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Quicksilver - McAbee Loop CCW

 10 votes


4.5 Miles 7.3 Kilometers


728' 222 m


-738' -225 m



Avg Grade (3°)


Max Grade (11°)

797' 243 m


312' 95 m



All Clear 15 days ago
Dry History

Getting forecast...

A fairly easy, broad, well-maintained trail through beautiful hills with views of the San Francisco South Bay Area.

Joan Pendleton


A hike on beautiful, grass and wooded San Francisco South Bay Area hills. There are expansive views of the populated Bay Area on one side, and unpopulated, pristine, natural scenery on the other side.
Features: River/Creek — Views
Family Friendly: Wide, well-maintained trail with gentle grades. This loop trail is short enough for children, yet long enough and primitive enough to introduce children to the great outdoors and "wilderness."
Dogs: Leashed


The trail is broad and well maintained, ideal for families and groups, as well as runners and solo hikers.

This loop starts on the Senador Mine Trail. The trailhead near the Quicksilver Park entrance, is heavily wooded with a stream going through it that attracts wildlife, such as deer. From the trailhead, the trail follows the stream through a heavily wooded area. It then begins to gently climb, leaving the woods behind, as it emerges into grass hills. Stands of trees dot the grass hills. Views of the San Francisco South Bay unfold as one climbs. The trail flattens out at the top and then descends through more heavily wooded grass hills. The view of the heavily populated Bay Area disappears, and one is now in pristine, undeveloped territory. This is an amazing contrast in a place so close to a highly urbanized metropolis.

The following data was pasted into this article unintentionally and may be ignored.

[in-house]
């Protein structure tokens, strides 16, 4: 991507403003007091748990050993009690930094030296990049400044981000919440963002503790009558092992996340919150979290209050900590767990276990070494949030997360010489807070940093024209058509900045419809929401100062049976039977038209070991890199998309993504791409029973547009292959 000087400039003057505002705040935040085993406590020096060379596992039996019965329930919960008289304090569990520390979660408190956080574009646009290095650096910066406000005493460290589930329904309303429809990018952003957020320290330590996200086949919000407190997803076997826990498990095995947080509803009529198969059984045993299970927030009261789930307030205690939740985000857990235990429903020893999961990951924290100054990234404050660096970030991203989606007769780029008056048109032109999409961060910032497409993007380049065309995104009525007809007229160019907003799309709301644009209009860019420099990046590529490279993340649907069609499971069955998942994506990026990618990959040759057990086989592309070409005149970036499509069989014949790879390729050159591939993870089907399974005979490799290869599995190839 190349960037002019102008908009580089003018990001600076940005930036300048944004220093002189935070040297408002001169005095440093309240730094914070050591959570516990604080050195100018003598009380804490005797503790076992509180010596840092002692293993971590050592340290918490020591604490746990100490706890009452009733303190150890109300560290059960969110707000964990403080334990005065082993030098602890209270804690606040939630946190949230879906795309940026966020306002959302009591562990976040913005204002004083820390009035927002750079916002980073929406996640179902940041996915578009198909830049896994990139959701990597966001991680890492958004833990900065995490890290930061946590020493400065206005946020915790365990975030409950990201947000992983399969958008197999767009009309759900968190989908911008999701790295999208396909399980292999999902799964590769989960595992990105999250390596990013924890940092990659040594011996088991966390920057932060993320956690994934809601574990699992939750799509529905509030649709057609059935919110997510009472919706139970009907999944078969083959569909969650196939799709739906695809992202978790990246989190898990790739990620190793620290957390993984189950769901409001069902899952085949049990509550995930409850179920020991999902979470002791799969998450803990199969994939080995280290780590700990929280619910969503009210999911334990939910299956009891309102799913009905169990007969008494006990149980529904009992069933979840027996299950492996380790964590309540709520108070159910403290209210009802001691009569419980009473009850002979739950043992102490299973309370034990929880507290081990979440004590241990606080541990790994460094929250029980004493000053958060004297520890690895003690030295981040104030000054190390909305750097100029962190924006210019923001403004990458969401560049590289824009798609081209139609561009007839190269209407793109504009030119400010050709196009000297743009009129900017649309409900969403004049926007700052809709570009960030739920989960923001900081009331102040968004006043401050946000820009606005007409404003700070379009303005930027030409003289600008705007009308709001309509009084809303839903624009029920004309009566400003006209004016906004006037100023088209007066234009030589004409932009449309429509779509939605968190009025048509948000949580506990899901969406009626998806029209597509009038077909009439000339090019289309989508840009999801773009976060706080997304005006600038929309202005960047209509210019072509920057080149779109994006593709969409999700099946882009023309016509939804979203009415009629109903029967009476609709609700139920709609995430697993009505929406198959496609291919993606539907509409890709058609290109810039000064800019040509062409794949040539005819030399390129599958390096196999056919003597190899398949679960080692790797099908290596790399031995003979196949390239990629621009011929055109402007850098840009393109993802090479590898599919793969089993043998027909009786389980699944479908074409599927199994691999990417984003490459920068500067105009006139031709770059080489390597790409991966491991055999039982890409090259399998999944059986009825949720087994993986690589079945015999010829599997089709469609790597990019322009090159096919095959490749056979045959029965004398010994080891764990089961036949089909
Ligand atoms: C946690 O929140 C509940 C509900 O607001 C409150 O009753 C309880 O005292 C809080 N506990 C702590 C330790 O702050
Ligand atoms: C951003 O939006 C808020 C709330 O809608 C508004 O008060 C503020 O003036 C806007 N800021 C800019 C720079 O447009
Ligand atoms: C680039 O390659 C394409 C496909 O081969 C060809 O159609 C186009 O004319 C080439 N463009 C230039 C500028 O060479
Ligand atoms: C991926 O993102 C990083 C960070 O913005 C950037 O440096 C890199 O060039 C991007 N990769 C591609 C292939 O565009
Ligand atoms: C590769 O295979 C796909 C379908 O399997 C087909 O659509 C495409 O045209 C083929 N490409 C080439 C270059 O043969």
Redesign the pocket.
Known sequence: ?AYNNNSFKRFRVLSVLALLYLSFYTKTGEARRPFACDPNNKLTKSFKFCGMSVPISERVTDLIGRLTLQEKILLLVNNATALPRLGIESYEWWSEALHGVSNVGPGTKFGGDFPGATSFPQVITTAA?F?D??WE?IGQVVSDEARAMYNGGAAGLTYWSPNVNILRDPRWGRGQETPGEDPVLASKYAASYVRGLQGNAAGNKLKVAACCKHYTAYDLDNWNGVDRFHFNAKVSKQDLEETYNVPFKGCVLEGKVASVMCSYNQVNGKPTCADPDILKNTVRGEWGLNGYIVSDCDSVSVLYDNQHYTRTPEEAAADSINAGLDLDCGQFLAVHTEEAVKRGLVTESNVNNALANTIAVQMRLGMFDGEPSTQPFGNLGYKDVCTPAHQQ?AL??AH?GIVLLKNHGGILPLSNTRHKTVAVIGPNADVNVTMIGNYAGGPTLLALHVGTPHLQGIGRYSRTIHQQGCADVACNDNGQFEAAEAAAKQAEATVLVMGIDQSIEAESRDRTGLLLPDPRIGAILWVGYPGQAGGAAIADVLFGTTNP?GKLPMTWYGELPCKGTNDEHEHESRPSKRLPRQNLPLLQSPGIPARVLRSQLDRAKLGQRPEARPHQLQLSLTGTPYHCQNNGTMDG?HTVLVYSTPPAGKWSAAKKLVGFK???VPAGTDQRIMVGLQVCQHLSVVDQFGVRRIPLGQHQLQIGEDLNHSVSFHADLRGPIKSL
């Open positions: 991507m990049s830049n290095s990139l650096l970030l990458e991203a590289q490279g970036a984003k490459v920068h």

The trail transitions to the Guadalupe Trail. The way continues through unpopulated wooded, grass hill countryside, before it then begins another moderate climb. It passes Guadalupe Reservoir as it climbs to its highest point. There, it levels out for a short while before it gradually descends along the Mine Hill Trail back to the trailhead where it started.

Flora & Fauna

Grass hills and wooded areas. Deer.

History & Background

Along the Senador Mine Trail section, it passes the site of the old Senador Mine where ruins of its Scott Furnace dust bins can be seen. Senador Mine was a cinnabar (mercury ore) mine that was opened in 1863. It was actively mined until about 1936. Around 1915, a furnace was built at this mine to process the cinnabar into mercury. One use of mercury is to extract gold from its ore. Thus, cinnabar mining and processing into mercury, was important during the Gold Rush.


Land Manager: Santa Clara County Parks

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Mar 10, 2018
Jason Lee
Was a nice easy hike. The water was low, probably due to the drought. We got there at 9:30 and there were lots of cars parked on the road.
Jan 13, 2018
Jerry D
Dec 10, 2017
Marco X
Sep 17, 2017
Dima Borodin
Sep 16, 2017
Amber Smith
Aug 12, 2017
Chonchis Cholula
Jul 19, 2017
Fabio S
Done 6mi
Jun 11, 2017
Olivia xia

Trail Ratings

  4.2 from 10 votes


  4.2 from 10 votes
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in California


116 Views Last Month
1,404 Since Oct 13, 2015
Easy/Intermediate Easy/Intermediate

Jerry D  
Can be crowded. Go on a weekday or early if you want to be more alone. Jan 13, 2018

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